The Motorola Moto 360 (smartwatch) user guide goes into more detail about how users of their device should handle it while driving. “Making calls or using applications while driving may cause distraction, and may be prohibited or restricted in certain areas — always obey local laws and regulations for the use of mobile devices and accessories in the vehicle.”

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While it’s a good business practice for wearable device makers to include some sort of distracted driving caveat in their user manual, the reality is that most consumers don’t read user manuals or Terms of Service.

Nonetheless, the responsibility lies principally with the consumer. Manufacturers have a duty to state where they think that these devices should not be used or where they may pose a threat of distraction. But at the end of the day they’re not the one wearing it, and manufacturers may likely be trying to cover all bases from a legal liability standpoint. Though dangers of distracted driving sound like common sense, how many people do you see on a daily basis that still text and drive after the millions of dollars that have been spent on PSAs and car updates to encourage them not to? What makes us think it will be any different with wearables such as smartwatches?

What can companies do to help?

As wearables continue to grow in popularity with mainstream consumers, I predict we will see updates to distracted driving laws. I also think there could be an opportunity for a “car mode,” similar to airplane mode, that can be used on wearables and smartphones while driving. Getting people to actually use car mode would be a different story, but it would be a positive next step.

And while PSAs are informative, the fear tactics aren’t as effective as we’d like them to be. I believe a rewards system for using an offering such as car mode described above, similar to what insurance companies offer as incentives for safe driving. For example, Progressive’s Snapshot which allows the company to monitor vehicle stats and driving behavior to classify the driver’s safeness and adjust their insurance premium appropriately, could be adapted to include car mode. I think consumers would be more inclined to put down their smartphone or smartwatch if they could save some money at the same or earn points towards purchases… the beauty of a smartwatch is that turning on car mode could be as simple as a flick of the wrist, turning on car mode may be as simple as the flick of a wrist.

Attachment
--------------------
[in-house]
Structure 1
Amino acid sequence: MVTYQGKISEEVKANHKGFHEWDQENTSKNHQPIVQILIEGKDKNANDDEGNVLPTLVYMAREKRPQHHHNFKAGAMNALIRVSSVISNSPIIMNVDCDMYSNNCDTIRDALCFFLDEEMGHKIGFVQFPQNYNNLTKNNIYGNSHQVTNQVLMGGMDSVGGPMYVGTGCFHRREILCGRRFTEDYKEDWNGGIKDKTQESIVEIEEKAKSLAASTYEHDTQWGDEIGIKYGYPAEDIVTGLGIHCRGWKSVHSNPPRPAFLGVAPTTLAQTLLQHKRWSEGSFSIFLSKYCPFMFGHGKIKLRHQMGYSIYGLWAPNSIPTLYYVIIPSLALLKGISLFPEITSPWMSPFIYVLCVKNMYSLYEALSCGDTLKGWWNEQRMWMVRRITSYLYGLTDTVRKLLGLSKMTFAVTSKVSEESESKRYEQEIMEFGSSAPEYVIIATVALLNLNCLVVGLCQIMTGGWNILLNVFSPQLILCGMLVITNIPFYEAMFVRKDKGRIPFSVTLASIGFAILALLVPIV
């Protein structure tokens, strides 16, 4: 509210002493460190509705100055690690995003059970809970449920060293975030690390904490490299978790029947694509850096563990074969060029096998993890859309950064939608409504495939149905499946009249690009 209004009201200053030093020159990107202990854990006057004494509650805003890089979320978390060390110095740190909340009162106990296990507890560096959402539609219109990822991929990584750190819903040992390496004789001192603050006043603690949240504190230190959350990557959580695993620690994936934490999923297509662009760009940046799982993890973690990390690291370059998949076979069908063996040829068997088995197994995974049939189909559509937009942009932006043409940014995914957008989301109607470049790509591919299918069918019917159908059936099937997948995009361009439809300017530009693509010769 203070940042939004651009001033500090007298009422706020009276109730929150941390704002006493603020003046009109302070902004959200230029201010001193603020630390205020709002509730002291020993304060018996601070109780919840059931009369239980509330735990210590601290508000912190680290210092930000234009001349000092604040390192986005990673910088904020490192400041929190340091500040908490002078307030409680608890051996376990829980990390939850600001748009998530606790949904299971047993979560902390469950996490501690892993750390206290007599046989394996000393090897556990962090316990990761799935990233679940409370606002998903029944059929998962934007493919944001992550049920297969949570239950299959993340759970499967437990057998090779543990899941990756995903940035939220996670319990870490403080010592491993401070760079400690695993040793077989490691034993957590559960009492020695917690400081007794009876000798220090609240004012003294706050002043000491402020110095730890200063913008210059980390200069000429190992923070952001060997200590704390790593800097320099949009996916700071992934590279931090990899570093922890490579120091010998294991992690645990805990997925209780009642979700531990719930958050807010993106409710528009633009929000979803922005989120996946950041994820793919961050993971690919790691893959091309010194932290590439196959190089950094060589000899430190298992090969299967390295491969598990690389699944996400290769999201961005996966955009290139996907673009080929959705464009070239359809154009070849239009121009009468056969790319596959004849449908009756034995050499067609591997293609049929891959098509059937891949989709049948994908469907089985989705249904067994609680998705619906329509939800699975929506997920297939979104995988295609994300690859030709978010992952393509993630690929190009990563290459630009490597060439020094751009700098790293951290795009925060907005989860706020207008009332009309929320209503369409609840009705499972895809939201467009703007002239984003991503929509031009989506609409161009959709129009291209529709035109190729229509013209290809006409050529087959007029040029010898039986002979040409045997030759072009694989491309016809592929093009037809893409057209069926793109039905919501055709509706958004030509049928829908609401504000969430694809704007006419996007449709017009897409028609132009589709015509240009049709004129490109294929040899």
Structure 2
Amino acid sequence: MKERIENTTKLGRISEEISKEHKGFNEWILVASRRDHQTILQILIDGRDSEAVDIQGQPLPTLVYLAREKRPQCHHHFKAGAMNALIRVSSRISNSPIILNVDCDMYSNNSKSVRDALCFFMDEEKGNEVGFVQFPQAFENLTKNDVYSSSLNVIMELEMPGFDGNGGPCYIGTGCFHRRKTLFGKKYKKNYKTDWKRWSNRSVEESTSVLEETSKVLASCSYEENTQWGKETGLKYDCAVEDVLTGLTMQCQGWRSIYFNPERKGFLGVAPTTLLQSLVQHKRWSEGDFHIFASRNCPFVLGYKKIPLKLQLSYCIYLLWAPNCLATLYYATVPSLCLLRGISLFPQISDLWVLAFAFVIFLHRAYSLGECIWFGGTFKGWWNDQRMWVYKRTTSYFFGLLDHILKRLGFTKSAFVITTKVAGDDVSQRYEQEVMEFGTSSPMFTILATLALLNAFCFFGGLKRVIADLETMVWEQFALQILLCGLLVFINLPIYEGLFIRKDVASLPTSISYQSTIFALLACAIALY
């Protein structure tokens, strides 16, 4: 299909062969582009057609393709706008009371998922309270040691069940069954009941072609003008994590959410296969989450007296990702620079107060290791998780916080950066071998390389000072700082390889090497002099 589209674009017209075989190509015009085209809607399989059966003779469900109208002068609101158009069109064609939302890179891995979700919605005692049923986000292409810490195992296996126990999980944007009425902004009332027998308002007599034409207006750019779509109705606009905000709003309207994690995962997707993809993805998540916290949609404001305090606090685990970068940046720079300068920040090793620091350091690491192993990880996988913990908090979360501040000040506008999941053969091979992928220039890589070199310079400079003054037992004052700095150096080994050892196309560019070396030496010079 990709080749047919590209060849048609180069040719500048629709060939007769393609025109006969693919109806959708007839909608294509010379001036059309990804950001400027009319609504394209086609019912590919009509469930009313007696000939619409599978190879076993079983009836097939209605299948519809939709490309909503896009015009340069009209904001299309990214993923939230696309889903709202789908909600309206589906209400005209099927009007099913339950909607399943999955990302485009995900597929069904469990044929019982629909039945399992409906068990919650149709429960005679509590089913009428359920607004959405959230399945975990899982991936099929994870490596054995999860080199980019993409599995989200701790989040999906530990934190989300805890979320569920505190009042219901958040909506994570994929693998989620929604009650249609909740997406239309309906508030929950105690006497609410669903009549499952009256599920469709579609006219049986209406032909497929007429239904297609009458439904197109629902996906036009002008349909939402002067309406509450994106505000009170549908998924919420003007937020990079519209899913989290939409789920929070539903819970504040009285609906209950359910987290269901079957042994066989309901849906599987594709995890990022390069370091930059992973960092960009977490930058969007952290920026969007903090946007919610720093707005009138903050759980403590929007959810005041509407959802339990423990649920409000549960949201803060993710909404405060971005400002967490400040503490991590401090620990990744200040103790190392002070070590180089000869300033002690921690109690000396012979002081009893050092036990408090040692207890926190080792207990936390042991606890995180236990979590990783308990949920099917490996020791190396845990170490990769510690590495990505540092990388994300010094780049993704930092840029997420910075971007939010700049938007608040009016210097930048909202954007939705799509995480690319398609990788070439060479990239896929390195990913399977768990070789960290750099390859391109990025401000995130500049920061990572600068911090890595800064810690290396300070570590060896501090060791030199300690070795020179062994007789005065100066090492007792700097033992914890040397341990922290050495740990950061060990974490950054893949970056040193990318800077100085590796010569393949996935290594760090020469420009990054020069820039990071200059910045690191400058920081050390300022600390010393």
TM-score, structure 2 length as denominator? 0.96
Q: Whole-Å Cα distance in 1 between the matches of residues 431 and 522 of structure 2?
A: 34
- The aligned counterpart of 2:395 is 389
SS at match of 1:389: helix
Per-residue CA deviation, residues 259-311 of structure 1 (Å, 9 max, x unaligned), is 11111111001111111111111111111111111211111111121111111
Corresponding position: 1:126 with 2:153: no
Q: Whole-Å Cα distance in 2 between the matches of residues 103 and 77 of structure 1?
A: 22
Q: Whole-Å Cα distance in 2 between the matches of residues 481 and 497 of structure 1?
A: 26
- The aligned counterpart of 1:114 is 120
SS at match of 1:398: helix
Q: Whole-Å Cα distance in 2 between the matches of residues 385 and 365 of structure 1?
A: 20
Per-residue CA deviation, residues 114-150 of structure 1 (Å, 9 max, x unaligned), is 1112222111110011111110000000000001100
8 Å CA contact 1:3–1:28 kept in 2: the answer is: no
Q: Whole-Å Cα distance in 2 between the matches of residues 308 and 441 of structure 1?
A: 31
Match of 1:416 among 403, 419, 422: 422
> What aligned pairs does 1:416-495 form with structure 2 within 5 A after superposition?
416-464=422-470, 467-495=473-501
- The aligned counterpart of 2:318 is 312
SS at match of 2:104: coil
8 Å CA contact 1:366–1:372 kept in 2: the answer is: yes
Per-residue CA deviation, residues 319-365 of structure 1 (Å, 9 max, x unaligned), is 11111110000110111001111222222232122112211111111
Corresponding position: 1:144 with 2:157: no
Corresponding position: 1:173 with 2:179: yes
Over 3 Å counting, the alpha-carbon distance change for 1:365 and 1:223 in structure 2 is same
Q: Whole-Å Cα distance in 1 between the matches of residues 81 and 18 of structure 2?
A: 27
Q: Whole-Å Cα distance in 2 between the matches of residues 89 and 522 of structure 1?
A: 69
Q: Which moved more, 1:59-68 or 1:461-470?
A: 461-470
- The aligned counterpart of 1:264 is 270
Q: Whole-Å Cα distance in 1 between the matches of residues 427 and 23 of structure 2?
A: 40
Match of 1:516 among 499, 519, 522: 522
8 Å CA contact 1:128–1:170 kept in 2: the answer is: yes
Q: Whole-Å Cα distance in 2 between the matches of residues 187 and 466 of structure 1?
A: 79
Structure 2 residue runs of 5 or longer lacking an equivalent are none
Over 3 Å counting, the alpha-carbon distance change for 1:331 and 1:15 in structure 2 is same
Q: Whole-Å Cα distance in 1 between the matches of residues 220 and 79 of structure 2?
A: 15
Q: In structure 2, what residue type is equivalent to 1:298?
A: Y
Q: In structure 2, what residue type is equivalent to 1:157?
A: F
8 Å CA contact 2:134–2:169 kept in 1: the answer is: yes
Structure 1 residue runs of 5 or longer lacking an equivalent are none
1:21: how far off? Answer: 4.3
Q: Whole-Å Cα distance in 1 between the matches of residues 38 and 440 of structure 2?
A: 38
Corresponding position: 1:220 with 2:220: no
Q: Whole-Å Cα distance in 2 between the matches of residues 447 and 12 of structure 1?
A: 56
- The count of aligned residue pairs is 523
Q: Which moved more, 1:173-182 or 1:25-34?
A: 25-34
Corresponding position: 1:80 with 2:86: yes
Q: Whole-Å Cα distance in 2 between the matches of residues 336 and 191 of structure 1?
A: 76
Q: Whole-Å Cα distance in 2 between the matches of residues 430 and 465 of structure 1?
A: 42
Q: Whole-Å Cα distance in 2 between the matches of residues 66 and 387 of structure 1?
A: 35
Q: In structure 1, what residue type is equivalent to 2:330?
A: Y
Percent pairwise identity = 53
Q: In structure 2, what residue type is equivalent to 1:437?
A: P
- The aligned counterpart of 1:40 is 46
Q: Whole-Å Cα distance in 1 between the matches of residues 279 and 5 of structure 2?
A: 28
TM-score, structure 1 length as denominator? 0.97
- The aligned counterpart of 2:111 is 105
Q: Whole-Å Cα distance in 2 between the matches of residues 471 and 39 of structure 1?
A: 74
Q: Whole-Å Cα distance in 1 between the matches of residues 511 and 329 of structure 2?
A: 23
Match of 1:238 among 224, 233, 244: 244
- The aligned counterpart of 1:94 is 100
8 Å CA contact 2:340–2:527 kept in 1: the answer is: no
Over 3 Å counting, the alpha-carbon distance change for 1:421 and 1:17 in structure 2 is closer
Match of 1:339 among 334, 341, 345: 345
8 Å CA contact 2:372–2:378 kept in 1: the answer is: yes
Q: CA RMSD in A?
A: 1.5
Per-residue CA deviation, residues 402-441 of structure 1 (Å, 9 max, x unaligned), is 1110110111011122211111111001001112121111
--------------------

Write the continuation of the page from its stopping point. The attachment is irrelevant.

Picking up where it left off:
As is par for the course, technology continues to advance and regulators try to catch up. While we wait for the laws to update, we all need to do our part to keep each other safe on the road. For now, we can look to organizations like People Against Distracted Driving (PADD) and AT&T’s It Can Wait initiative to help educate drivers on the safety risks of distracted driving.

About Luis Rincon:

Luis Rincon is the co-founder and CEO of Luis holds both a business and law degree, has a deep background in consumer facing e-commerce, and is a regular technology expert commentator on national news and business shows.